Endometrial hyperplasia is the excessive thickening of the lining of the uterus. The most common conditions of endometrial hyperplasia, which has the risk of transforming into cancer unless treated, are premenopausal period, late menstrual period, obesity, diabetes, polycystic ovary syndrome, long-term use of estrogen-containing drugs.
The uterine wall is affected from female hormones called estrogen and progesterone. The natural menstrual cycle is 28 days, varying between 21 and 35 days. In the first 14 days, the lining of the uterus thickens due to estrogen secretion. During the remaining 14 days, the development of the uterine wall is balanced with the secretion of the hormone progesterone. If this balance is disturbed by excessive estrogen hormone secretion, abnormal thickening of the lining of the uterus, which is endometrial hyperplasia, is observed. In some cases, the cells take on a different structure than they should and this causes atypical endometrial hyperplasia, which can increase the risk of uterine cancer.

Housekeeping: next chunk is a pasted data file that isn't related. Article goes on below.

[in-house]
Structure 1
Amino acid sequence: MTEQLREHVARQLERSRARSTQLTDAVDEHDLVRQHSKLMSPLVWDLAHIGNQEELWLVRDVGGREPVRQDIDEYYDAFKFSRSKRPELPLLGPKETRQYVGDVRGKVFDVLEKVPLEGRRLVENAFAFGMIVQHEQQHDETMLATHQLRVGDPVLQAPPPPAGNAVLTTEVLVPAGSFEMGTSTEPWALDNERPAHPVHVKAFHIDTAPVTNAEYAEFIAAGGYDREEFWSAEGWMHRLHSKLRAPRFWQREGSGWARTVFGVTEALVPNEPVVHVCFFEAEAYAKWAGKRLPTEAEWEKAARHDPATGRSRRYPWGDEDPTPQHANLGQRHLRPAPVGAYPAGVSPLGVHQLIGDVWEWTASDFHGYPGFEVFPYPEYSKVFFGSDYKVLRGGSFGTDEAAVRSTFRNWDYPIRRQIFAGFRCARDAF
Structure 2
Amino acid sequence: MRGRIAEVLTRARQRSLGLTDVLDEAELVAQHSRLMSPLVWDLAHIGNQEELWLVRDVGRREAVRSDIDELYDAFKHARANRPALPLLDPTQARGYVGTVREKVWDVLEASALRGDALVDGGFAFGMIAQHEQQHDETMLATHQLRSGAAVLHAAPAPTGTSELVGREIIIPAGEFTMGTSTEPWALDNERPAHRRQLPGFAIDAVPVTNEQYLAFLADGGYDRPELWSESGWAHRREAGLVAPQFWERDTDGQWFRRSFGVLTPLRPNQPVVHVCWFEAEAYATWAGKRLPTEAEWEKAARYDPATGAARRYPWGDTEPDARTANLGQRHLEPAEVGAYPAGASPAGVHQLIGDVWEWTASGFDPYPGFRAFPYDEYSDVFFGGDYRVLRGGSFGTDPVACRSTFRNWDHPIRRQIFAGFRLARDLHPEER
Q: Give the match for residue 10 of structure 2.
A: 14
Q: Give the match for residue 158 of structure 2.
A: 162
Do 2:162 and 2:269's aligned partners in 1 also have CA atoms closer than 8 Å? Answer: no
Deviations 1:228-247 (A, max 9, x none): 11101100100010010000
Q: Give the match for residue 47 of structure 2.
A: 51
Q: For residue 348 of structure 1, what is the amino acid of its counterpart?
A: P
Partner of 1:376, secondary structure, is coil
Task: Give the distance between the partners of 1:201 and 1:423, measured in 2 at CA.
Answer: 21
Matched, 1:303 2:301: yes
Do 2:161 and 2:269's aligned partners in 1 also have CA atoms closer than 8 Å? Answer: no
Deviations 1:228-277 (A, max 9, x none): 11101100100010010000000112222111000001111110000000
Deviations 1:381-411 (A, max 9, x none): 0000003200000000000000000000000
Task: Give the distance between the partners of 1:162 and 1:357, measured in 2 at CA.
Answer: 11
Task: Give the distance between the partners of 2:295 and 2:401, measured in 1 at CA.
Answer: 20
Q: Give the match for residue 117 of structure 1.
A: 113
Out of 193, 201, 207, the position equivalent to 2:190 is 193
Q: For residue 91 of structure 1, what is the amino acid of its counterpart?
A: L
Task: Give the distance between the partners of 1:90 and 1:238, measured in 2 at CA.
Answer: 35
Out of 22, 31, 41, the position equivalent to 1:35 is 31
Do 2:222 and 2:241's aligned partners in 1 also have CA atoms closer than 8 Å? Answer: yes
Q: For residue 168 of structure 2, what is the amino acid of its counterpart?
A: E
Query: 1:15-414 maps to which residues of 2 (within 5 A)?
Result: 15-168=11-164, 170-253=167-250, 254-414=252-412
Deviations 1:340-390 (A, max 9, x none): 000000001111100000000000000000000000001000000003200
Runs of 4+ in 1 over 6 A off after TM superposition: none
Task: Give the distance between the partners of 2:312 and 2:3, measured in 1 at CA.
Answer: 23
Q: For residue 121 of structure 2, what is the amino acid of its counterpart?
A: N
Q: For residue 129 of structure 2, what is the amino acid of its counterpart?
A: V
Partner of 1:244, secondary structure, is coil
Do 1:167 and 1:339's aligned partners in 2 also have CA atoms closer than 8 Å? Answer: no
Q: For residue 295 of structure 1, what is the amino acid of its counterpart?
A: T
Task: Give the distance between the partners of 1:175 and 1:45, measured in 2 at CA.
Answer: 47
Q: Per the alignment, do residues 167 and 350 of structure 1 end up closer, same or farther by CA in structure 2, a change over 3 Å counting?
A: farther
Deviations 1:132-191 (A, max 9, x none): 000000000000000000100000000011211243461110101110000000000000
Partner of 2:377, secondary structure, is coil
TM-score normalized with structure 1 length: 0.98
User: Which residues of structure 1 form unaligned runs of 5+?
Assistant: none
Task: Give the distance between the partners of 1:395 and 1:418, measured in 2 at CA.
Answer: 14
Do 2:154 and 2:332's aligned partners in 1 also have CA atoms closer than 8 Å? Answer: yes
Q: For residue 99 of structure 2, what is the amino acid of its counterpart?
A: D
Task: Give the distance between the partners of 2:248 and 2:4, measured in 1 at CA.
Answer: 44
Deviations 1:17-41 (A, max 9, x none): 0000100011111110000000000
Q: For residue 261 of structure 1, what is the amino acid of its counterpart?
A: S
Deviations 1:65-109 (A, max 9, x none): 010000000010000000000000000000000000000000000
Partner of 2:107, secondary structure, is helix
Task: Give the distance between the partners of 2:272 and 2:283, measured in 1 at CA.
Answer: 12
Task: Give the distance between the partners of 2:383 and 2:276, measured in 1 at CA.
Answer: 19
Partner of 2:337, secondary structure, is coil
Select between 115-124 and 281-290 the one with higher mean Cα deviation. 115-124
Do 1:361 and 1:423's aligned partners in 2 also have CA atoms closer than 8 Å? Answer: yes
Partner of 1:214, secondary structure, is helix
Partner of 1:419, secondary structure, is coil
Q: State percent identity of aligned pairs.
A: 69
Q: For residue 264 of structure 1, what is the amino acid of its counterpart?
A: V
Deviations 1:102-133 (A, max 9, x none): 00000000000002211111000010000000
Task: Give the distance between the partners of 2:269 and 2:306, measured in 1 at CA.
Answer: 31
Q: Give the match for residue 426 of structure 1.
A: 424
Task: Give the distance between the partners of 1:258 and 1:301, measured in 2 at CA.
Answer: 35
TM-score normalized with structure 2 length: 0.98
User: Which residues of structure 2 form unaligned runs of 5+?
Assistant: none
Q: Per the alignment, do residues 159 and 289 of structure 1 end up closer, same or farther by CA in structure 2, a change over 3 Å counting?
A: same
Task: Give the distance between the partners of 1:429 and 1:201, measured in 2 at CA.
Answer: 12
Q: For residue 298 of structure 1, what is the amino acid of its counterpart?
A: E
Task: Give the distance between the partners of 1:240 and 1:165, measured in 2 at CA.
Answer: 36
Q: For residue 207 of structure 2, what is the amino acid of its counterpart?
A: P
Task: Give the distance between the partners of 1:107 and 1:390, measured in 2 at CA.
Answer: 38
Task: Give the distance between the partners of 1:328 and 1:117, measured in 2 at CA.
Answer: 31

Ultrasonography, biopsy (with hysteroscopy or abortion) methods are used in the diagnosis of endometrial hyperplasia. The treatment method to be applied after diagnosis varies depending on the extent of the disease and from person to person. While methods such as a progesterone-supporting drug therapy or the use of progesterone-containing hormone spirals can be applied, surgical interventions such as biopsy and hysterectomy can also be resorted to if the symptoms persist.
- Alev A.
- Duygu D.